In each presidential race, including the one we’re still slogging through, candidates tout their professional background as offering the best preparation for the job. Is leading a business like leading a country? Should one have foreign policy or military experience? At least a modicum of public service seems like a requirement.
But what if a lengthy career in public office, including elected and appointed posts, has little or nothing to do with a president’s job performance? What if it’s even a detriment? Having just steeped myself in the life of James Buchanan, I am quite skeptical that a long ride in government jobs automatically prepares anyone to lead an unwieldy nation like ours.
Buchanan was, easily, the most governmentally experienced presidential candidate in the first 80 years of the republic.
Buchanan was, easily, the most governmentally experienced presidential candidate in the first 80 years of the republic — and perhaps even through the present day. He was a state legislator in Pennsylvania, a member of the U.S. House, a U.S. senator, minister to Russia, minister to Great Britain and secretary of State. He also is said to have refused Supreme Court nominations from Presidents Tyler and Polk before becoming president in 1857, a few days before his 66th birthday.
Buchanan knew personally every president from James Madison through his predecessor Franklin Pierce, and for decades met anyone of importance who came through Washington. In the often wastrel city, he was known for hosting the best parties and he impressed even Queen Victoria and Czar Nicholas I with his fete-making.
Yet as president, Buchanan chose the wrong path at every fork in the road. Two days before he was inaugurated, he got Congress to pass the Tariff Act of 1857, which subdued manufacturing just as it was modernizing in the North. The day after his inauguration, the Supreme Court issued a ruling he had influenced behind the scenes: Dred Scott v. Sandford. The decision, which declared all descendants of slaves noncitizens and sharply curtailed the federal government’s right to regulate slavery, is generally acknowledged as one of the worst rulings ever. Buchanan, however, thought it would solve the slavery problem, not launch the nation toward the Civil War.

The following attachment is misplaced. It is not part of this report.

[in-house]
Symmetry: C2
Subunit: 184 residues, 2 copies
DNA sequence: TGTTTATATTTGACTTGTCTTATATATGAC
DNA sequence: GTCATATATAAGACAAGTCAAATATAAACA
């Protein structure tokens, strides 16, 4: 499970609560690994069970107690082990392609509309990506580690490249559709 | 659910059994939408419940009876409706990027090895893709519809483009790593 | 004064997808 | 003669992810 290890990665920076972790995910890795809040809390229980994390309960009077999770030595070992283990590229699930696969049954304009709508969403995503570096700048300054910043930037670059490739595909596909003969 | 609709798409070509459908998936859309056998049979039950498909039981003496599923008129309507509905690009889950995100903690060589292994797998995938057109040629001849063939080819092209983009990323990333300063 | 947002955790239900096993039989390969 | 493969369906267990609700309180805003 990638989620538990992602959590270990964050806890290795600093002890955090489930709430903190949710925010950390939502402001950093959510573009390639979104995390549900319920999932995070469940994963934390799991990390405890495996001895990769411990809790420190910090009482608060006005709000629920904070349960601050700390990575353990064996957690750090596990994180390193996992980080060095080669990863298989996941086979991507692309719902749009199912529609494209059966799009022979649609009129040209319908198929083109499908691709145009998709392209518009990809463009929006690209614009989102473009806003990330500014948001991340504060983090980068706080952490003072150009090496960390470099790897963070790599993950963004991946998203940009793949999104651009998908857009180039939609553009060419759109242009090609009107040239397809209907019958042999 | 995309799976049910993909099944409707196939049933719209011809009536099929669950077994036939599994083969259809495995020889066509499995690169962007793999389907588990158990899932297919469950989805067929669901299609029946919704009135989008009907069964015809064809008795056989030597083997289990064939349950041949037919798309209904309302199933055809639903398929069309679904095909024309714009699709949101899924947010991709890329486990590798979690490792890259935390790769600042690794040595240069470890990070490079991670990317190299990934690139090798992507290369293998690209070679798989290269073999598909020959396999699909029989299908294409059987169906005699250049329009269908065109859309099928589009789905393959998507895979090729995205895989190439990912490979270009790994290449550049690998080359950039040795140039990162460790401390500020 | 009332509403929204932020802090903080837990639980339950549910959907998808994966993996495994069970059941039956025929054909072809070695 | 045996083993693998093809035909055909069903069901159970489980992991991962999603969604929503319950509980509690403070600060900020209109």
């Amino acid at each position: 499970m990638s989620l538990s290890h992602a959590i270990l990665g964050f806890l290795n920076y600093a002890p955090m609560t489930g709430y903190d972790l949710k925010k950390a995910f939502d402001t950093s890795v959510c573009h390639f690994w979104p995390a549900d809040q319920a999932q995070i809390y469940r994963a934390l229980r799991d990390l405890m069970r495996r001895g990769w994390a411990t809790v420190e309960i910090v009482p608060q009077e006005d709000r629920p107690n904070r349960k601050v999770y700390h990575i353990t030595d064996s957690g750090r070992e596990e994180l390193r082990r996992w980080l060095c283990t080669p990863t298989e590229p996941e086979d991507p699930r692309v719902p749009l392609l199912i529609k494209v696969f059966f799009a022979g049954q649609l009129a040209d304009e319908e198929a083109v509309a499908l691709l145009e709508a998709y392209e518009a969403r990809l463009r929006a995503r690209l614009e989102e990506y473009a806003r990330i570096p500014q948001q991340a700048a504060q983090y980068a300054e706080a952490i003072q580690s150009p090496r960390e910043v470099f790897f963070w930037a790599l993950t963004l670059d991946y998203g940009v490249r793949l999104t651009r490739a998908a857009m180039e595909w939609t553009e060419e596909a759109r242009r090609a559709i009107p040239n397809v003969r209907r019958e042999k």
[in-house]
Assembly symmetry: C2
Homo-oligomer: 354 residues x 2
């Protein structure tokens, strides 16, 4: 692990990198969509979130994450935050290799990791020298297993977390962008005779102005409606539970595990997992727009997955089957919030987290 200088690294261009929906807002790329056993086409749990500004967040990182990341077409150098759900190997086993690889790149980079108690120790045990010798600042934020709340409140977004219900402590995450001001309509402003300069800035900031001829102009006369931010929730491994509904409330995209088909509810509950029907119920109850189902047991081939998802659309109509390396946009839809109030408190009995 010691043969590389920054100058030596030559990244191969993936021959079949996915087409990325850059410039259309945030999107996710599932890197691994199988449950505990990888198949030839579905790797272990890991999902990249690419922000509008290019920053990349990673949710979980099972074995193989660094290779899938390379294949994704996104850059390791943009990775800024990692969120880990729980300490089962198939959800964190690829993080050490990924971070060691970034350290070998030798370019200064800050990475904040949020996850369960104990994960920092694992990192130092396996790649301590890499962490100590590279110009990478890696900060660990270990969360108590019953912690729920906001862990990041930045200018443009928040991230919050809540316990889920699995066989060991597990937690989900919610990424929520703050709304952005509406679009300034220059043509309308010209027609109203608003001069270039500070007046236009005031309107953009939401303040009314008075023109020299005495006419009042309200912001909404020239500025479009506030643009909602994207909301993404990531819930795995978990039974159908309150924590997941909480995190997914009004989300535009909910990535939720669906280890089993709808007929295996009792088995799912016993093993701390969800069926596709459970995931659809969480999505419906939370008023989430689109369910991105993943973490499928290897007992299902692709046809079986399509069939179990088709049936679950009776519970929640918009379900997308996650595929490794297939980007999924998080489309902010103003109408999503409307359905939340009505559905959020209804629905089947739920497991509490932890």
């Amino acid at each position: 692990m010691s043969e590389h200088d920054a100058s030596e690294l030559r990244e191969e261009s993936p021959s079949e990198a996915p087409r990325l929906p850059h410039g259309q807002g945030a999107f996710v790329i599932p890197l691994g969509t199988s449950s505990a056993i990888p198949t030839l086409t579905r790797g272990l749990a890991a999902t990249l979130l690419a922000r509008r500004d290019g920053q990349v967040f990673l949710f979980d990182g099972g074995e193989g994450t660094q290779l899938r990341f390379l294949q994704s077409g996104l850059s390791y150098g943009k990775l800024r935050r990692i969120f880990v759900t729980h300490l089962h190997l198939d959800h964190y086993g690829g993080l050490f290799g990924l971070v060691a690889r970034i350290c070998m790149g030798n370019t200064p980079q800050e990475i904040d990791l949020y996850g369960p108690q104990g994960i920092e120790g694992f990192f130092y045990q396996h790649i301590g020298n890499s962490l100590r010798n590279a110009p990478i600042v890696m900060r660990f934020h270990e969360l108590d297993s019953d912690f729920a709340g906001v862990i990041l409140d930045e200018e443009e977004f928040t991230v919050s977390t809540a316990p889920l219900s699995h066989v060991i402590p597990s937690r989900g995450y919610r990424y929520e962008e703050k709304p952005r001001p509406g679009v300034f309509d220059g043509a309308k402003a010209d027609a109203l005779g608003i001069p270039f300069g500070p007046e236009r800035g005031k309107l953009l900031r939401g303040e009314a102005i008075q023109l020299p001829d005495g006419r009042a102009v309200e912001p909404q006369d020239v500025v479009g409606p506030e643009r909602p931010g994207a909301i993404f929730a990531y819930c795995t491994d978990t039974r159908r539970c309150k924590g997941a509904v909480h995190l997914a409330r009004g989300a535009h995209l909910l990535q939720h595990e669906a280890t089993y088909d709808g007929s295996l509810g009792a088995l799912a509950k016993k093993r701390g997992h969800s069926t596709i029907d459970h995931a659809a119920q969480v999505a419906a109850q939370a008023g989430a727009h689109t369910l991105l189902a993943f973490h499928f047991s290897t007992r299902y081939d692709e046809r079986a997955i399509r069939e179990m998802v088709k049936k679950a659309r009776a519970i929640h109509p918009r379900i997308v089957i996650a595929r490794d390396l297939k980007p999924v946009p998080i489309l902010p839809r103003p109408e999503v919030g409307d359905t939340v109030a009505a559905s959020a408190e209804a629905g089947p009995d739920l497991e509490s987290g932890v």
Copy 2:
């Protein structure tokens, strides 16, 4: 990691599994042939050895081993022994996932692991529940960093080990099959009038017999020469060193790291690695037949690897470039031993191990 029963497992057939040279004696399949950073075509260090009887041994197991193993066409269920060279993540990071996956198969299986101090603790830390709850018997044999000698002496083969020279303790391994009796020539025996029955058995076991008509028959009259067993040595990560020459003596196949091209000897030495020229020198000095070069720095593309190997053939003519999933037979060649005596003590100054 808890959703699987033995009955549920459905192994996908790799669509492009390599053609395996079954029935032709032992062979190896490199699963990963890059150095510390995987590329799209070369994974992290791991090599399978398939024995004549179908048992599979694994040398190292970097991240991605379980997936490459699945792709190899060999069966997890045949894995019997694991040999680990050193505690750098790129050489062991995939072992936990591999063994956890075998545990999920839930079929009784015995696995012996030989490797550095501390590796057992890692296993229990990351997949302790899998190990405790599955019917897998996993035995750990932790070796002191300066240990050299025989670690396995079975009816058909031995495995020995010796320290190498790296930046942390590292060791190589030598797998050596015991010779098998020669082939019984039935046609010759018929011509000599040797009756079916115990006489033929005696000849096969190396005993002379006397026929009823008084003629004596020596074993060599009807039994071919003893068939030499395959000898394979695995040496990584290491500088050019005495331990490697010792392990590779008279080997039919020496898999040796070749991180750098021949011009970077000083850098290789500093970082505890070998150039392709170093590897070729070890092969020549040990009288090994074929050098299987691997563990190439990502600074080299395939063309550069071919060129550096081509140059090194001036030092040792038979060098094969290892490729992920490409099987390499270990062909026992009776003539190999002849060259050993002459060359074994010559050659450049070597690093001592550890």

The uncertainty about slavery caused people to pull back on plans to settle out West in the new territories, stopping a two-decade economic boom almost immediately. Railroads and other businesses linked to the country’s expansion began to fail. Every bank in New York effectively closed, refusing to issue scrip for anything but solid gold or silver.
Buchanan’s response? He would do nothing. People deserved what they got if they were in debt or held speculative stock, he said. Eventually the Panic of 1857 would be solved, but it took the buildup to Civil War to do so.
Slave or Free Kansas? Buchanan wouldn’t take a side, leading to the murders and battles of Bleeding Kansas. John Brown’s raid on Harpers Ferry? Buchanan balked at sending troops until Robert E. Lee stepped in to convince him Brown’s desire to spark a slave rebellion was indeed a danger to the union. Support Stephen Douglas, the Democrats’ proposed nominee to succeed him? No, he would stand neutral, thus allowing the Democratic Party to split three ways, assuring the Republican Abraham Lincoln the election. Six Southern states seceded between election day and Lincoln’s inauguration, but Buchanan said the Constitution didn’t give him, as president, the power to do anything to keep them in the union.
Buchanan’s long government service may well have been the main contributor to his remarkably bad presidency. He was deliberative, plodding and compromising, perhaps not such bad traits for a senator or diplomat, but hardly the best behaviors for a president in a crisis.
Like Buchanan, those at the bottom of presidential success lists had long elective careers: Richard Nixon was a congressman, senator and vice president. Franklin Pierce was speaker of the New Hampshire House as well as a U.S. congressman and senator. George H.W. Bush had deep elective and executive branch experience. None, certainly, distinguished himself in the White House.
No career ladder, then, ensures a president will perform well once in office. In Buchanan’s case, four decades in vital governmental posts still left him in the presidential rankings cellar. The presidency is a singular job whose best practitioners apparently are just singularly adept people.
Robert Strauss is the author of the book “Worst. President. Ever.” about James Buchanan.